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Agencies address lack of meals for students in summer

Zariea Ferguson drinks a chocolate milk provided by the Food Bank of Nevada County's children's lunch program.
Jennifer Terman/jterman@theunion.com |

School’s out for summer — but for some Nevada County students, what that really means is a lack of adequate meals.

Nearly 2,000 children in the county are affected by the gap in their nutrition when schools are not in session.

That’s according to a report by California Food Policy Advocates, which contends that 1,856 — 87 percent — of Nevada County’s low-income youth are affected because of decreased summer programs such as summer school that have been reduced due to budget cuts.



The California Department of Education found that the number of free and reduced-price summer lunches served across California fell about 40 percent from 2006 to 2012, despite the availability of federal funds, according to the report.

The Food Bank of Nevada County offers a lunch program for children in low-income apartment complexes in Grass Valley, including Cedar Parks/Oak Ridge at 228 Sutton Way, Glen Brook Apartments at 265 Sutton Way, Nevada Woods Apartments at 360 Sutton Way, Springhill Apartments at 244 Dorsey Drive and Valley Commons Apartments at 1444 Segsworth Way.




To qualify, children need only to attend during lunch time, which is from 11:30 a.m. to noon or noon to 12:30 p.m., depending on the site.

The program serves about 150 kids who can receive a nutritious lunch with a sandwich, milk, a protein, whole grain, fresh fruit or vegetable and a dried fruit or vegetable using food donated to the Food Bank or with food purchased with funds from the Food Bank.

Sabine Ferguson’s children receive food from the summer lunch program, a resource she says is a relief.

“I don’t have to worry about making their lunch,” she said, “especially since I’m used to them getting free lunch from school.”

Her kids also enjoy visiting with the lunch lady, 15-year Food Bank volunteer and three-year summer lunch program volunteer Dea Amie, who hands out lunches from ice chests.

“Sometimes I have to call to ask (the Food Bank) to bring another ice chest, and sometimes there’s extra,” she said.

“It depends.”

Over time, the number of children who show up has been on the rise, particularly in the Sutton Way apartments, said Makayla Confer, nutrition education coordinator for the Nevada County Food Bank.

“There’s definitely been an increase in the number of kids, and during the school year, we also see a lot of kids during our snack program,” she said.

The snack program — a box of snacks kept in the classroom to be used at the teacher’s discretion — is a partnership between the food bank and 14 schools that serve 1,418 students per week, Confer said.

The schools that participate in the snack program include Nevada City School of the Arts, Cottage Hill Elementary, Williams Ranch Elementary, Lyman Gilmore Middle School, Union Hill, Chicago Park, Grass Valley Charter and Deer Creek Elementary schools.

“It’s all varying degrees of how many classrooms and how many kids,” Confer said, adding that the number has likely risen from the need for both parents to work in this economy.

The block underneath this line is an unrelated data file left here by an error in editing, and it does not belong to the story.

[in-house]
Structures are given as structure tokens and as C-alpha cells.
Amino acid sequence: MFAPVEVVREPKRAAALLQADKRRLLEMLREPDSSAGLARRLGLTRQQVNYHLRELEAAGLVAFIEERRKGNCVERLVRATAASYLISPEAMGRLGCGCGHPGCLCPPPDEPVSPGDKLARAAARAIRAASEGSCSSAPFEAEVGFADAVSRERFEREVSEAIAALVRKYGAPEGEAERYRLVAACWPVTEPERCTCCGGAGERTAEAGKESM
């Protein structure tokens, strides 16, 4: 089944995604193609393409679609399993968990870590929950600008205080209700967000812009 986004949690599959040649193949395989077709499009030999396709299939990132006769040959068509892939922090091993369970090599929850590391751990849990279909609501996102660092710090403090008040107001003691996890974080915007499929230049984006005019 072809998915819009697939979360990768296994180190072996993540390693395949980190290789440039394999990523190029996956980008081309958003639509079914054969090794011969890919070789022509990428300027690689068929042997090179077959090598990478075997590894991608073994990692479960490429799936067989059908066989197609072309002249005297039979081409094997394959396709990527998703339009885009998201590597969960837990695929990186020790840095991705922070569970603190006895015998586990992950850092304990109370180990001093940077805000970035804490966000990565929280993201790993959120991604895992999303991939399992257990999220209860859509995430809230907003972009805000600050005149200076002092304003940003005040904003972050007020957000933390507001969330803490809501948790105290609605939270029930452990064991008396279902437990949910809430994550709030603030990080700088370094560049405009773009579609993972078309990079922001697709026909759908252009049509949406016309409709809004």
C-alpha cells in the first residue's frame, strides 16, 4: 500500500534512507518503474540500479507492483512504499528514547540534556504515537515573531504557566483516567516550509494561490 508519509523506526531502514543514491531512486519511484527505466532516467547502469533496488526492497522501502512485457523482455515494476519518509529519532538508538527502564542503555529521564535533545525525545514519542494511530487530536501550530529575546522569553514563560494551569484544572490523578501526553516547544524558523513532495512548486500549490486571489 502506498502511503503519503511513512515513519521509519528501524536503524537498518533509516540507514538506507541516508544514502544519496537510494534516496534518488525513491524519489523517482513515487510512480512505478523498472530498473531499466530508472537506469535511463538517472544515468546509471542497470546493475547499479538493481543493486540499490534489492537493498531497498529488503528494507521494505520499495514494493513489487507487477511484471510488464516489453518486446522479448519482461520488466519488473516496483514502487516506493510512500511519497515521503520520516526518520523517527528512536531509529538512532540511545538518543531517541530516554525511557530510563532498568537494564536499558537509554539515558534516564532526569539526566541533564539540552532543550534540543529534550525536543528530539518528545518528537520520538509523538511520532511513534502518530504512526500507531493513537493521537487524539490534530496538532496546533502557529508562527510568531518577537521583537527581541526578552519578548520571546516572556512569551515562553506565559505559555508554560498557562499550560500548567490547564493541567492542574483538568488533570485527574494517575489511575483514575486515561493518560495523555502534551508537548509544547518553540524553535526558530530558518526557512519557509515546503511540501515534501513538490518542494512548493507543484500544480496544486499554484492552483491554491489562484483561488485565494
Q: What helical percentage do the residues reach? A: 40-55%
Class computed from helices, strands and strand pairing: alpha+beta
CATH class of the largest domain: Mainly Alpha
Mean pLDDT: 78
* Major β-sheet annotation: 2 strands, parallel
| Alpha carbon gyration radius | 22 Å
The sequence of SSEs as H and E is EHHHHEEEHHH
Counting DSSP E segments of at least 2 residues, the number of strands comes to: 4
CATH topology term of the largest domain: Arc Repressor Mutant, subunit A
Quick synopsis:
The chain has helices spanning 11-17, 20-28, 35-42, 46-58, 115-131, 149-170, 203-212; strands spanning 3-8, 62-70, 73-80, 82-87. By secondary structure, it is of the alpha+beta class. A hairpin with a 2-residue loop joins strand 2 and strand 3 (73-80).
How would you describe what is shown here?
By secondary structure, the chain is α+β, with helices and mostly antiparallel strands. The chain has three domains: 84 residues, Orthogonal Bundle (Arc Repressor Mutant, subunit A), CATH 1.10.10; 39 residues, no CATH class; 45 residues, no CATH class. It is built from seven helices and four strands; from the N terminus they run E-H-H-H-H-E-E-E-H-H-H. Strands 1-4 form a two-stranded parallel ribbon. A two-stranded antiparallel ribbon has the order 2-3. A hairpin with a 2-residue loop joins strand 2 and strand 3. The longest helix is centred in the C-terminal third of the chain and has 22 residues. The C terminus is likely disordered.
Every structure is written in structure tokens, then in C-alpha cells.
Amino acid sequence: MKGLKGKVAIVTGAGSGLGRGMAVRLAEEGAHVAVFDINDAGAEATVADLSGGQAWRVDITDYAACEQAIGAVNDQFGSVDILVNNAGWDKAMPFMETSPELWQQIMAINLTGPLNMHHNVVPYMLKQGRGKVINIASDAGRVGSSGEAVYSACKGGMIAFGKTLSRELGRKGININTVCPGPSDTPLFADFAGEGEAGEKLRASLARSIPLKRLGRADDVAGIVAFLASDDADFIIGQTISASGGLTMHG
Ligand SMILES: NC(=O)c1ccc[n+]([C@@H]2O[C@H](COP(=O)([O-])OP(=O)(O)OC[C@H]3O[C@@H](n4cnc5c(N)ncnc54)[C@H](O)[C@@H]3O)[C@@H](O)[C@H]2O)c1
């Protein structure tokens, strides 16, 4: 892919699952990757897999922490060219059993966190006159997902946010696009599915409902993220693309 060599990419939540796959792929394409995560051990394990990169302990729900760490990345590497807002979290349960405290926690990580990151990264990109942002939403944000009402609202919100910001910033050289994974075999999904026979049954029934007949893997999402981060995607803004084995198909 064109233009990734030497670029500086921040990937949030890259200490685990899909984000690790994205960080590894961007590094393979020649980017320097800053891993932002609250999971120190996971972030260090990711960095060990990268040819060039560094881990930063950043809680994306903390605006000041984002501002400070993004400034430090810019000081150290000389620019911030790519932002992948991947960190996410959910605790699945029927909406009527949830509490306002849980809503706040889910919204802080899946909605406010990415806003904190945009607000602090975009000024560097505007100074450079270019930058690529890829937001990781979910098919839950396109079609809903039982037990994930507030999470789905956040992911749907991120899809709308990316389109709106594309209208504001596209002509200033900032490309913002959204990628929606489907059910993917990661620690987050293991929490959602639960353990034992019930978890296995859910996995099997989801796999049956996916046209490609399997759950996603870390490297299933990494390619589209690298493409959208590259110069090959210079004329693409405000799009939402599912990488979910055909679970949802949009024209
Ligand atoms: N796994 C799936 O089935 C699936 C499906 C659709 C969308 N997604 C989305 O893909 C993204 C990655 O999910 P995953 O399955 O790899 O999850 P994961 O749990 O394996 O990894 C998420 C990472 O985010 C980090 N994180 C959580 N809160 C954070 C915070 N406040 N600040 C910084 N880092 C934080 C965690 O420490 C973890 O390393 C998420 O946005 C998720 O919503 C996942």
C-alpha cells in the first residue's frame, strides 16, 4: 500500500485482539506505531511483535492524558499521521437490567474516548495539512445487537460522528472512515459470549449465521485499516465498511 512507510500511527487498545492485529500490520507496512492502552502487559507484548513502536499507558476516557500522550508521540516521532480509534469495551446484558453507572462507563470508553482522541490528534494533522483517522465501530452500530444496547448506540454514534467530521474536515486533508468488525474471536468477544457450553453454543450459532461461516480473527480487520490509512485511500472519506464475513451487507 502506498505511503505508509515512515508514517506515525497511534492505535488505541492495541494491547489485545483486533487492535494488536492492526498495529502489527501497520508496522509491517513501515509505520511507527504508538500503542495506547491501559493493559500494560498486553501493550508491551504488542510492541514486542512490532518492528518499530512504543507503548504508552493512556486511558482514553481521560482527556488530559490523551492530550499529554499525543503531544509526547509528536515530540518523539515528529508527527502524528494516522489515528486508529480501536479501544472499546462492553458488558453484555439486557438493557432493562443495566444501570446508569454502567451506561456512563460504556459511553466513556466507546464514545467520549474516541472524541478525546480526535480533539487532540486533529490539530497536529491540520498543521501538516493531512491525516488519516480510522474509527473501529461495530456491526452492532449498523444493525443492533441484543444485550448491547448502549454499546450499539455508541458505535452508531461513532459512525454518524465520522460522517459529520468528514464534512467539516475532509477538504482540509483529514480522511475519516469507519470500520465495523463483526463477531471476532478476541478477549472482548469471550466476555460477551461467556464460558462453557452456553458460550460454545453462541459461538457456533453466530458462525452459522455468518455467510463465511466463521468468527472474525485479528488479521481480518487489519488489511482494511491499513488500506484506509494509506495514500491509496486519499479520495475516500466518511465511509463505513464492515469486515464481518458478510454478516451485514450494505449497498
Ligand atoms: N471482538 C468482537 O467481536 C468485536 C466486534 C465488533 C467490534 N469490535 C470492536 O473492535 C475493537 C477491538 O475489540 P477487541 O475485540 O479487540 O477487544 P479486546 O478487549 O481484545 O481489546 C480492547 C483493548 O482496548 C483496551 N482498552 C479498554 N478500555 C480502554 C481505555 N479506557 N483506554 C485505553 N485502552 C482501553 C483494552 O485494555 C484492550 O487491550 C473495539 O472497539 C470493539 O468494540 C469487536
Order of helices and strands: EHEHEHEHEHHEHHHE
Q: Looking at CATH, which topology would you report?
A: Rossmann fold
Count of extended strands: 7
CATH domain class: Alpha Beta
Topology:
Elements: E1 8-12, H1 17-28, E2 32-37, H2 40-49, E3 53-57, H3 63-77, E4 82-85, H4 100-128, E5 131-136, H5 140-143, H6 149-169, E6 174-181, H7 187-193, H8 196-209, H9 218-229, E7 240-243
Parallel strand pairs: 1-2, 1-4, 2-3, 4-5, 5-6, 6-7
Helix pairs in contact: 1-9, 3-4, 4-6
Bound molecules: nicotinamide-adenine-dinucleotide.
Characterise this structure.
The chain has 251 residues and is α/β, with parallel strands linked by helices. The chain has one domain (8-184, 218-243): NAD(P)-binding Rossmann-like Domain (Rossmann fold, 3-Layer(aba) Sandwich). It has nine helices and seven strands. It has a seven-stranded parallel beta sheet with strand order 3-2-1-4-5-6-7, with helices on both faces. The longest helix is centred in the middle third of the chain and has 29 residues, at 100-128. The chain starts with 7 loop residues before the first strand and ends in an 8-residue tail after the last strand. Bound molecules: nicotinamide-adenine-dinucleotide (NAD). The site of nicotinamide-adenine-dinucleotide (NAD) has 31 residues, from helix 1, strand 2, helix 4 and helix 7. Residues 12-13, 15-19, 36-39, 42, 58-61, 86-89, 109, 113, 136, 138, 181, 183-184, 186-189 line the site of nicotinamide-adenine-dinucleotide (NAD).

One of the particular challenges to serving food in Nevada County, Confer said, is how rural and spread out the area is with little pockets of need mixed with higher-income pockets.

Grass Valley School District Nutrition Services serves Chicago Park, Clear Creek, Nevada City, Pleasant Ridge, Pleasant Valley, Ready Springs and Union Hill school districts and Sierra Montessori school during the school year, but only two schools request service during the summer. GVSD Nutrition Services Director Suzanne Grass said schools have the option of summer services, but the Grass Valley School District is the only one that uses the services for its summer program at Margaret G. Scotten Elementary and Lyman Gilmore Middle schools, which serve 70 to 100 students.

Years ago, schools offered summer school classes and served lunch, but such programs have been cut, Grass said.

The issue of providing summer meals to children is also compounded by federal regulations that have specific requirements for the components of each meal, how they are acquired and that the children are monitored while they eat.

“These programs don’t make it easy where you can just feed kids,” Grass said.

“When you feed them, they have to eat right there. With the food bank, kids can take it home. There are all sorts of regulations with the USDA meal programs.”

To bridge some of the gap, Grass said she has been in discussion with Food Bank of Nevada County Executive Director Toni Thompson to offer a summer feeding program, though she wants to avoid duplication of effort with the Food Bank.

GVSD Nutritional Services tried a summer program many years ago, Grass said, but the program received a poor turnout.

She plans to revisit the idea for next summer.

“I think there’s a lot more need, and I spoke with (Thompson) to work with some kind of collaborative effort, so that’s what we’re going to be looking at for next year,” Grass said.

To contact Staff Writer Jennifer Terman, email jterman@theunion.com or call 530-477-4230.


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